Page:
Distinguishing between Morning Sickness and Hyperemesis Gravidarum

Studies estimate that nausea and vomiting occurs in 50 to 90 per cent of pregnancies. For the majority of cases morning sickness is not a serious condition and it does not place you or your baby at any risk.

Hyperemesis gravidarum is the most severe form of morning sickness a pregnant woman can have. Hyperemesis gravidarum, or severe morning sickness, typically lasts until the 21st week of gestation, but there are cases where pregnant women suffer throughout the pregnancy.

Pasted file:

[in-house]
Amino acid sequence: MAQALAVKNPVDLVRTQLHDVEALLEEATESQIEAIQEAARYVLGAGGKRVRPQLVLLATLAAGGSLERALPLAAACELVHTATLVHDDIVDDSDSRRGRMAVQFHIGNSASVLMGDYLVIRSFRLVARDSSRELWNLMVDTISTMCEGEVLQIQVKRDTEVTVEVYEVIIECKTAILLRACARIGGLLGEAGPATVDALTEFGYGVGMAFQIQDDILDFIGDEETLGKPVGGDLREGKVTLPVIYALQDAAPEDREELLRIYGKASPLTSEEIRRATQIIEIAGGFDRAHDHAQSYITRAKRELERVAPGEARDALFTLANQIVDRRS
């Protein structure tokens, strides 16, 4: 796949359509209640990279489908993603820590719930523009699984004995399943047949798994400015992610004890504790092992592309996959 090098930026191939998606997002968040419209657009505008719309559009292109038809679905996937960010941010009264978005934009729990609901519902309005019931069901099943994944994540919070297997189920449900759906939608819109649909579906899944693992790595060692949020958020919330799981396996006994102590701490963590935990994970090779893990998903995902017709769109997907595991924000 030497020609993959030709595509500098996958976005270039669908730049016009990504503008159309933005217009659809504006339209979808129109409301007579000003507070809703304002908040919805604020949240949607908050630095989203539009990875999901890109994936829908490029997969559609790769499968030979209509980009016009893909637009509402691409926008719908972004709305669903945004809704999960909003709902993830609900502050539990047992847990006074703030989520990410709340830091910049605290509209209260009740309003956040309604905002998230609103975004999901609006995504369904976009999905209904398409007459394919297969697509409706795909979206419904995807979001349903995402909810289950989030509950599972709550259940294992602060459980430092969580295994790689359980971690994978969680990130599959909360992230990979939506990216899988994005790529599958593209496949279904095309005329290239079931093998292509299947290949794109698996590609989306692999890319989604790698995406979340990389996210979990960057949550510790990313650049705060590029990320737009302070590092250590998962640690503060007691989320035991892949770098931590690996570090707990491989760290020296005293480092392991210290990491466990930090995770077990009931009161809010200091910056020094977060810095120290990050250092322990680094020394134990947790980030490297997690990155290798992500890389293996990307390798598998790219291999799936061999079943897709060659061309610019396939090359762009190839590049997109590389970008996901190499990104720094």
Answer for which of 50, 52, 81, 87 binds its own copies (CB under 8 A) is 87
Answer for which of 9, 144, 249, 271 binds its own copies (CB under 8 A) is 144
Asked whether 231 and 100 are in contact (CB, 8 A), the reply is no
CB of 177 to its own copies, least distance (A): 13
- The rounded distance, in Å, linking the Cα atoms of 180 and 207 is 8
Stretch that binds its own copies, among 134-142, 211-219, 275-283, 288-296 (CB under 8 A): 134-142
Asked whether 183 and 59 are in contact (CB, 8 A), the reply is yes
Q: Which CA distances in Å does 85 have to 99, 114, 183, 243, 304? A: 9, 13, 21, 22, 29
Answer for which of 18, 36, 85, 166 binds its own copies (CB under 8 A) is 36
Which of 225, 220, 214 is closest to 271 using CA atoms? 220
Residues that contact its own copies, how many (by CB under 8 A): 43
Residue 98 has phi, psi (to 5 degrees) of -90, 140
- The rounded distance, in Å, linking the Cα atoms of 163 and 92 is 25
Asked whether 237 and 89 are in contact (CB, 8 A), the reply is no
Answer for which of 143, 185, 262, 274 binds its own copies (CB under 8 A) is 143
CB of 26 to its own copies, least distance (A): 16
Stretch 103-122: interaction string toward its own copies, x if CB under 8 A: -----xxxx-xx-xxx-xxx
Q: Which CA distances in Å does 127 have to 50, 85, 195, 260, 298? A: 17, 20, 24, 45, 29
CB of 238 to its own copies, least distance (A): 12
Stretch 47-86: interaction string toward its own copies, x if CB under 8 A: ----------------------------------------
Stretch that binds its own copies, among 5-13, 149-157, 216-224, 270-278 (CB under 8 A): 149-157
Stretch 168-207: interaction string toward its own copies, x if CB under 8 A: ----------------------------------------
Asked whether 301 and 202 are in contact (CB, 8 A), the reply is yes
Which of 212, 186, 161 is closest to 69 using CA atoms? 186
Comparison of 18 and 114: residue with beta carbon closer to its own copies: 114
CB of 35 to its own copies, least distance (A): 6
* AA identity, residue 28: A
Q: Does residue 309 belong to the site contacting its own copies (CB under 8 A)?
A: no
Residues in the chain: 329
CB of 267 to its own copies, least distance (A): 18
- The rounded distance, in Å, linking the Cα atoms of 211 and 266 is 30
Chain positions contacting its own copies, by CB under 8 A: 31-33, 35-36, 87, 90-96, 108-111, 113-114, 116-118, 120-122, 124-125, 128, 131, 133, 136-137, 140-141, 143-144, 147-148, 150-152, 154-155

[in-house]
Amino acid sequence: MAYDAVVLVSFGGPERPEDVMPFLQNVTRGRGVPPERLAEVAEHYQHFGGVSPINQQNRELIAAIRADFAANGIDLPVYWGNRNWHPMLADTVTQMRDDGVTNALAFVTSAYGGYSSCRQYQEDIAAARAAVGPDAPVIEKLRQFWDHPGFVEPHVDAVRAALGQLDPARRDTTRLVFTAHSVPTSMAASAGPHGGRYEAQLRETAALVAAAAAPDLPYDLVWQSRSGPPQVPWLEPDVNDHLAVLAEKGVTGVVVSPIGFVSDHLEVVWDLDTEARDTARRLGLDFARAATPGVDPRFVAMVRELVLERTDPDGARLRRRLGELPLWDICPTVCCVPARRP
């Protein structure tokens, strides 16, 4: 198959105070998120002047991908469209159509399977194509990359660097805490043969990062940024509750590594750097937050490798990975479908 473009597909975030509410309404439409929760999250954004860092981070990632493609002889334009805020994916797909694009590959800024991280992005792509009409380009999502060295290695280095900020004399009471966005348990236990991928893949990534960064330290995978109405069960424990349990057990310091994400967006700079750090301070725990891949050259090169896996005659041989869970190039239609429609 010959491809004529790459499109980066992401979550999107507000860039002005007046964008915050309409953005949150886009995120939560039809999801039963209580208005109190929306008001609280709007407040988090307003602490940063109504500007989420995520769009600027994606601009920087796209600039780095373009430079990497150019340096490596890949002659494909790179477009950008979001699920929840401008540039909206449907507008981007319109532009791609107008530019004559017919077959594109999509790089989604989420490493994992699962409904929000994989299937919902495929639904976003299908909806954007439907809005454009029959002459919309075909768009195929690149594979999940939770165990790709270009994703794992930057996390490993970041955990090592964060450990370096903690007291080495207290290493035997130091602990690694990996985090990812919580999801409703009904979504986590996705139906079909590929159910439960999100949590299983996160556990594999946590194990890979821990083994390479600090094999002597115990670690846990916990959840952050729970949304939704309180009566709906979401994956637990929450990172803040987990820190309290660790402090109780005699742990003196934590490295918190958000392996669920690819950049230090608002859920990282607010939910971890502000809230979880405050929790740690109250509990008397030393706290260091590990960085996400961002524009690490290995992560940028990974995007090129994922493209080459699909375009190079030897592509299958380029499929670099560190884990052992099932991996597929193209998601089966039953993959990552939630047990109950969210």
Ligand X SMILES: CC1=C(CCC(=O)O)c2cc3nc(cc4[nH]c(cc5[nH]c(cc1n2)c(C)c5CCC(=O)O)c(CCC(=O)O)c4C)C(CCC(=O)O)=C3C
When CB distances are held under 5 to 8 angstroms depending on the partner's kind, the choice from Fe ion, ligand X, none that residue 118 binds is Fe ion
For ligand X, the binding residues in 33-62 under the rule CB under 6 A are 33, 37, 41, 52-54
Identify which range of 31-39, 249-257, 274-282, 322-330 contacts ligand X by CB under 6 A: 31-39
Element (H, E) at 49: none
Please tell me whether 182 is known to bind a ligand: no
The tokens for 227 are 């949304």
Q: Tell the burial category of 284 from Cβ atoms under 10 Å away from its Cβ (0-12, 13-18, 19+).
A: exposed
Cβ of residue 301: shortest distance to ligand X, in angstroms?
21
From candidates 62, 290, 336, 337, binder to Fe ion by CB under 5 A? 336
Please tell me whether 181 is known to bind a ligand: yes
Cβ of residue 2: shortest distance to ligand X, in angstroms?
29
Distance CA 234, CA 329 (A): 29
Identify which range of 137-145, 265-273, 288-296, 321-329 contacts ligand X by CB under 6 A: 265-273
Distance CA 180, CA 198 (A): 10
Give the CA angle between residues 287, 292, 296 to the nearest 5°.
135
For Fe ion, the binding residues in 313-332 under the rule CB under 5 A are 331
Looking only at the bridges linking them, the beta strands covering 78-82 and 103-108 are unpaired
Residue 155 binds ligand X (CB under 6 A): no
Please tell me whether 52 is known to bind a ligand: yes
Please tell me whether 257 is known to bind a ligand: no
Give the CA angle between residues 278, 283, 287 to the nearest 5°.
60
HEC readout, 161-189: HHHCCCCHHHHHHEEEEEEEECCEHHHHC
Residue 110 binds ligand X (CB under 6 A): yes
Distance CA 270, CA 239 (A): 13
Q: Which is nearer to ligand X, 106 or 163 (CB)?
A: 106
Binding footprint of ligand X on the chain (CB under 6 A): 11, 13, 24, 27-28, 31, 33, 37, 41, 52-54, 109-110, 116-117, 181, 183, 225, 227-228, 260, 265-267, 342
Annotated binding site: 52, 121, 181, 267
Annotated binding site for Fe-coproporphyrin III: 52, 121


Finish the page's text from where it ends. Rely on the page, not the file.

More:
The most severe form of nausea and vomiting in pregnancy is called hyperemesis gravidarum. This condition can place you and your baby at some risk as the nausea and vomiting prevent you from retaining and utilising food and fluids.

Morning Sickness:

1. Nausea sometimes accompanied by vomiting

2. Nausea that subsides at 12 weeks or soon after.

3. Vomiting that does not cause severe dehydration.

4. Vomiting that allows you to keep some food down.


Hyperemesis Gravidarum:

1. Nausea accompanied by severe vomiting.

2. Nausea that does not subside.

3. Vomiting that causes severe dehydration.

4. Vomiting that does not allow you to keep any food down.

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